Approach: Provide new CUDA kernel implementations to offload computation - Example MLlib/ALS Alternating Least Squares Team: Wei Tan, Liana Fong, David Kung, Rajesh Bordawekar, Benjamin Herta, Minsik Cho, Ruchir Puri #ibmedge 11 Example in Development Engineering Design Problem Computational Chemistry: Automated Optimization of Force-fields Accurate force-fields underpin most work defined in the work packages Force fields are often parameterized to perform one task well Can lead to a set of parameters which has low transferability Computational / human expense of parameterizing a force field has led to out of set use Automated parameterization allows the cost of parameterization to be borne by HPC (with DCC acceleration) Human cost minimized by easy to use front end #ibmedge Potential Implementation Cloud User

Relevant data retrieved User defines problem Cognitive optimizer generates parameters Database of calculations searched to avoid replication Final parameters returned to user Remaining calculations run on HPC resource On-premise or in public cloud #ibmedge HPC Transforming Seismic Workflows to the Cloud

#ibmedge Scheduling in Cloud with Marathon and Mesos #ibmedge 15 IBM Container Cloud 2016 IBM Corporation #ibmedge 16 Architecture Approach: IBM Cloud Container Cloud Basic open source stack including a minimal set of features that IBM is deploying for on premise and SoftLayer cloud Core component of IBM Cloud container technology Developed in Research in collaboration with Cloud development teams

Basis for the future container cloud that will support HPC, Cloud, Cognitive/DLaaS, Analytics clients needing on premise or SoftLayer support Open sourcing to gain support of broader internal and external community Goal is to have a single stack that supports OnPrem and Public Cloud activities #ibmedge 17 Adding a Traditional Batch Scheduler IBM Platform LSF is a traditional batch scheduler used in the HPC domain Mesos + (Marathon | Swarm | Kubernetes) are dominant in Cloud space Create a platform which can support both traditional highly scalable batch schedulers (LSF) and cloud native frameworks like Mesos + (Marathon | Swarm | Kubernetes) Need to coordinate resources between the various job launch frameworks Prototyping for cooperative HPC and cloud native job schedulers in process #ibmedge 18

Container Cloud for HPC, Cognitive, and Analytics Workflows HPC, Cognitive, Cloud, Systems, and Software teams developing Container Cloud Stack IBM Container Stack Prototype Stack Building a much larger prototype at IBM POK 100 nodes IB, GPUs, Parallel filesystems, Power 8 Prototype DCS/Cognitive Software Stack Docker, Mesos components Platform/Cloud integration HPC S/W stack IB Optimized Spark HPC/Cognitive H/W Power 8 nodes Nvidia K40 GPUs GPU drawers NVMe drawers IB, 10GbE, 1GbE #ibmedge HPC/Cogntive/Analytics Stack Mesos, Docker, Marathon, Kubernetes with GPU support Better integration of Platform Components Enhancements to Mesos with MPI services For workflows of interest to our clients, virtualization is not relevant Worflows span 10s to 1000s of individual nodes.

19 What Use Cases do we support today? Traditional HPC MPI job on multi-node cluster LSF scheduler, i.e. bsub User User LSF LSF Master Master User submits job e.g. DL_MESO LSF master queries EGO for compute resources Compute Compute DL_MESO DL_MESO MPI MPI Apache Mesos workflow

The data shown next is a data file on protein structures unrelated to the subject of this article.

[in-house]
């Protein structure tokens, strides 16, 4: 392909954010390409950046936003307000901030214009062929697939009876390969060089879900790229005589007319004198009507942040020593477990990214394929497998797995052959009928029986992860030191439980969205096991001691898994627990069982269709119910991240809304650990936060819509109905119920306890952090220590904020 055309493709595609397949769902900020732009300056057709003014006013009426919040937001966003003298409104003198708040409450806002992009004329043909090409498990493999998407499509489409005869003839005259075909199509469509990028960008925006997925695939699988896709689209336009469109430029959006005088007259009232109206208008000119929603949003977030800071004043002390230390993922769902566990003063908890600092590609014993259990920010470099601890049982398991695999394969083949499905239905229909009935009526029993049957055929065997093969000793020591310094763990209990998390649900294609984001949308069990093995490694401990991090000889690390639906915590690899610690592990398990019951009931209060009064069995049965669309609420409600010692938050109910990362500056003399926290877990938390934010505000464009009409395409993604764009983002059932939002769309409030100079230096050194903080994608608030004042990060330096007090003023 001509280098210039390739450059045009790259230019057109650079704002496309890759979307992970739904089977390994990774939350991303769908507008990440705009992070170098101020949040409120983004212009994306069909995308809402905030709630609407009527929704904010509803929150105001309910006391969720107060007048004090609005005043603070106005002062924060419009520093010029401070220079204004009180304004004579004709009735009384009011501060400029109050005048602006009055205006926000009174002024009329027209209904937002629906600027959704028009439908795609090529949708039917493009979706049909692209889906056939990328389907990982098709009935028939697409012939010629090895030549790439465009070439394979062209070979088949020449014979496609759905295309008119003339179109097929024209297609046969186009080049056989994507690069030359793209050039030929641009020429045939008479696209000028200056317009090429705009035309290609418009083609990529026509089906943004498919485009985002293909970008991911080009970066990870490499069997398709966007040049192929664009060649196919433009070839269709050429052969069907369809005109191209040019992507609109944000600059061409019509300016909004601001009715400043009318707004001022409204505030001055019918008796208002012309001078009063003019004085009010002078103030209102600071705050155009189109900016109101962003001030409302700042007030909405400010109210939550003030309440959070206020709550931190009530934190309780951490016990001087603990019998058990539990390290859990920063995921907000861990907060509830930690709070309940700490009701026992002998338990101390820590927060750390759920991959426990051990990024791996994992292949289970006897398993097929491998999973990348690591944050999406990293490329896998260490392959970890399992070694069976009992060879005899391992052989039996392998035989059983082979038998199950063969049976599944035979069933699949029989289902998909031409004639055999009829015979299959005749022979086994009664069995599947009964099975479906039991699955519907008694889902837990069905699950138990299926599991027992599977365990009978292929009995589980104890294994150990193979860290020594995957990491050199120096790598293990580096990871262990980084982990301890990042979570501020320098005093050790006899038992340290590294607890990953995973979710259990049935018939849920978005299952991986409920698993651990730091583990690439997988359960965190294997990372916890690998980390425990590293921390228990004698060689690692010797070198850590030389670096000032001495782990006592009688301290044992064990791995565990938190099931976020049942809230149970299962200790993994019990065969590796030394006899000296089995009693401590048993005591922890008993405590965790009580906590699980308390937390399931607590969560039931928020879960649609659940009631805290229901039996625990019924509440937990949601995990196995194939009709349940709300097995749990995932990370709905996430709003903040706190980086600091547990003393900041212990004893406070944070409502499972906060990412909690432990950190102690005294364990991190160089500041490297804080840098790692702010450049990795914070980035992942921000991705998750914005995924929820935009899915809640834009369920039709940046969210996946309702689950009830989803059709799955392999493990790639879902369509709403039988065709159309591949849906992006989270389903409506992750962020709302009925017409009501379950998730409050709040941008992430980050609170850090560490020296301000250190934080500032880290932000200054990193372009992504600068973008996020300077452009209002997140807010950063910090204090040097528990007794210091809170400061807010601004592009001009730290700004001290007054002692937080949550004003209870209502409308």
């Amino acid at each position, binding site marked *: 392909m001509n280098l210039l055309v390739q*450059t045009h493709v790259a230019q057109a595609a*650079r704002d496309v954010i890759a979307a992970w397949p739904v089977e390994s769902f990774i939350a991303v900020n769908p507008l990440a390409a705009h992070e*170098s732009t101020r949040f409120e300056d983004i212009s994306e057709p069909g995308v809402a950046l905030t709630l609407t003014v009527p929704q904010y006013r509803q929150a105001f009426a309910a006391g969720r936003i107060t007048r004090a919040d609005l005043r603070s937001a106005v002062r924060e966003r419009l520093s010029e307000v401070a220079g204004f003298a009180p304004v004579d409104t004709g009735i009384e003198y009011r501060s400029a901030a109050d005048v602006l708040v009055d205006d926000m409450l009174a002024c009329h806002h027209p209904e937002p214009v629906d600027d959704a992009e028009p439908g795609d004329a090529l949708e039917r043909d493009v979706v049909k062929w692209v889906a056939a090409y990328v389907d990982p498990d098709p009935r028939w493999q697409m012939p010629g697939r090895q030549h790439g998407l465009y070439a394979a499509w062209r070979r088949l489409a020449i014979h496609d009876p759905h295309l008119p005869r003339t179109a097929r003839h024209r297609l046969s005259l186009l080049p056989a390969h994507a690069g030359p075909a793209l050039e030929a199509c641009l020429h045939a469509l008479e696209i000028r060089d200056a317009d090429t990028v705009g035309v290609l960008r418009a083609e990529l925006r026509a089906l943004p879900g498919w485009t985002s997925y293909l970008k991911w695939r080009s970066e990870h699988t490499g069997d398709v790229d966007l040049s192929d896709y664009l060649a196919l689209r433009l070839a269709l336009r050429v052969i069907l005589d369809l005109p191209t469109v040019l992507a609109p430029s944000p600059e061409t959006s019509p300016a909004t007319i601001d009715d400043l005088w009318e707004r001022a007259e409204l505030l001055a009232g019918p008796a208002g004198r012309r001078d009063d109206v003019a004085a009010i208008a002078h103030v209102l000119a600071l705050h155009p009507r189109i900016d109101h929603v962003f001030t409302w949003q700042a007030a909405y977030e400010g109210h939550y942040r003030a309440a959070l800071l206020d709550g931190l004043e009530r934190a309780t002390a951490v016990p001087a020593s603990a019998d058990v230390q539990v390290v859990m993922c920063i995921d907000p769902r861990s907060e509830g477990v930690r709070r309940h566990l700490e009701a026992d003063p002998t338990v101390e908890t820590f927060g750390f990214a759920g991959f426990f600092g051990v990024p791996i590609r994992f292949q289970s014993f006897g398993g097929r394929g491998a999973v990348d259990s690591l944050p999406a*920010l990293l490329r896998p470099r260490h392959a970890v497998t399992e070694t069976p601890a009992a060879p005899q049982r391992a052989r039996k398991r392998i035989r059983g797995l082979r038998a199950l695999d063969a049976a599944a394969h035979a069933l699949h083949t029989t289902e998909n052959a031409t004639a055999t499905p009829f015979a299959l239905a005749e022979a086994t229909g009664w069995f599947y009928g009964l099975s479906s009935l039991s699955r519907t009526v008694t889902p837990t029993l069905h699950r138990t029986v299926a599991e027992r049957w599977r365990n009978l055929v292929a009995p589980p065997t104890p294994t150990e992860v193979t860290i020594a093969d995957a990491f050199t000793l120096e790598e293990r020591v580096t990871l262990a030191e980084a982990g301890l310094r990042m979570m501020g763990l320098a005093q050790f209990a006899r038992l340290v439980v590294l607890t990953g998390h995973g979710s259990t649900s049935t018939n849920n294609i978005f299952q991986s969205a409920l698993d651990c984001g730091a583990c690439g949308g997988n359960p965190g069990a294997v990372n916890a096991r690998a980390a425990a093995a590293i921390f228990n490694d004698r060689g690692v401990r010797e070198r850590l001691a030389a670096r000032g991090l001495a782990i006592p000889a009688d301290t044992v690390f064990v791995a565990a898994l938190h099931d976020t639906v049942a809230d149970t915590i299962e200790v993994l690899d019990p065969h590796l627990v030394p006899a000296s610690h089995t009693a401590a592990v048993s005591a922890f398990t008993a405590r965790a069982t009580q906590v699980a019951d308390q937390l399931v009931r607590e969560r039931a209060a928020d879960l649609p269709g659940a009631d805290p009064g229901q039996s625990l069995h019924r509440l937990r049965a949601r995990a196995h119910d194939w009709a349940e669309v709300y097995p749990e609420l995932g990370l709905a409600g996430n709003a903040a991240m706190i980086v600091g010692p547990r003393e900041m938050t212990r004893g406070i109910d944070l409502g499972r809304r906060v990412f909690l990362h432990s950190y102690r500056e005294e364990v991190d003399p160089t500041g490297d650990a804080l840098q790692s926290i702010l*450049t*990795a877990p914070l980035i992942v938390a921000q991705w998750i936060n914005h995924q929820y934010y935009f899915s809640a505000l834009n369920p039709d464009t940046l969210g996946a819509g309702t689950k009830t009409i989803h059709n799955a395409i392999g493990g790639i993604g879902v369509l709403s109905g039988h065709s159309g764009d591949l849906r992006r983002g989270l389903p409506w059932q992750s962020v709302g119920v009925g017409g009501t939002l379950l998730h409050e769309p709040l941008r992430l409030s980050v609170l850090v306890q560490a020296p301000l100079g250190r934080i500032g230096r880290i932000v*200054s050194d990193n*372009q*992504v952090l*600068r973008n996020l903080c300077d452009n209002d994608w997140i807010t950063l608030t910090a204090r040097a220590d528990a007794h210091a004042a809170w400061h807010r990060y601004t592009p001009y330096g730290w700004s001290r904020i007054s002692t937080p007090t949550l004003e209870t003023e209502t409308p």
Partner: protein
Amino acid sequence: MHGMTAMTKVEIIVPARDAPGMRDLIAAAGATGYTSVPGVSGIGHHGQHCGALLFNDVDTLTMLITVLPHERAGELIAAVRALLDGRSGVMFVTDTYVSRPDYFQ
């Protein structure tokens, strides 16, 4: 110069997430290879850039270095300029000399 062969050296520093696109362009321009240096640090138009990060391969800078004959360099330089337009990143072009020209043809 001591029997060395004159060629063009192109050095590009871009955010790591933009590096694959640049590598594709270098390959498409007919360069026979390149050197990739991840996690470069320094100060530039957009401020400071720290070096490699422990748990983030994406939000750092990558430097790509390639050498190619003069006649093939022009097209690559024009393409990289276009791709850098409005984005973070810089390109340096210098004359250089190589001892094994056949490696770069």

User User User running Spark or Docker swarm. Swarm allows the cluster to look like one big machine to docker container Mesos Mesos Master Master Mesos master queries EGO for compute resources EGO EGO Master Master Host Host Factory Factory Mesos

Mesos EGO EGO plugin plugin Compute Compute spark spark Compute Compute DL_MESO DL_MESO MPI MPI EGO EGO Master Master Compute Compute spark spark LSF master communicates with EGO via

Host Factory EGO coordinates resources Compute Compute DL_MESO DL_MESO MPI MPI Mesos master communicates with EGO via Mesos EGO plugin EGO coordinates resources Compute Compute spark spark EGO coordinates all the resources between Mesos and Platform LSF #ibmedge

20 Requirements for HPC/ Cognitive Workflows 2016 IBM Corporation #ibmedge 21 Toward HPC/Cognitive in the Cloud #ibmedge 22 Critical Elements for HPC/Cognitive workloads GPU support is critical for simulation, modeling, machine/deep learning CUDA MPS support Parallel filesystem support GPFS High performance networking 10GbE, IB High performance scalable schedulers and resource managers IBM Platform LSF used for traditional high performance applications that run to completion

Cloud native frameworks to support workflows of applications Support for distributed applications MPI/OpenMP is pervasive in HPC world Performance sensitive workloads leverage processor and/or thread affinity Cloud frameworks dont expose this to the end-user #ibmedge 23 GPU support in the Cloud GPU acceleration is important requirement for HPC and Cognitive workflows Considerations for containerization (Docker) of CUDA or OpenGL applications Both CUDA and OpenGL have a toolkit and kernel module component Toolkit component can be containerized, but kernel module exists on native OS Exposing GPU at Mesos resource management layer required modifications to Mesos Exposed as resource from Marathon On-going work to integrate into Kubernetes Support for both Power and x86 platforms #ibmedge 24 Parallel Filesystems Current Docker support to bind volumes to container local directories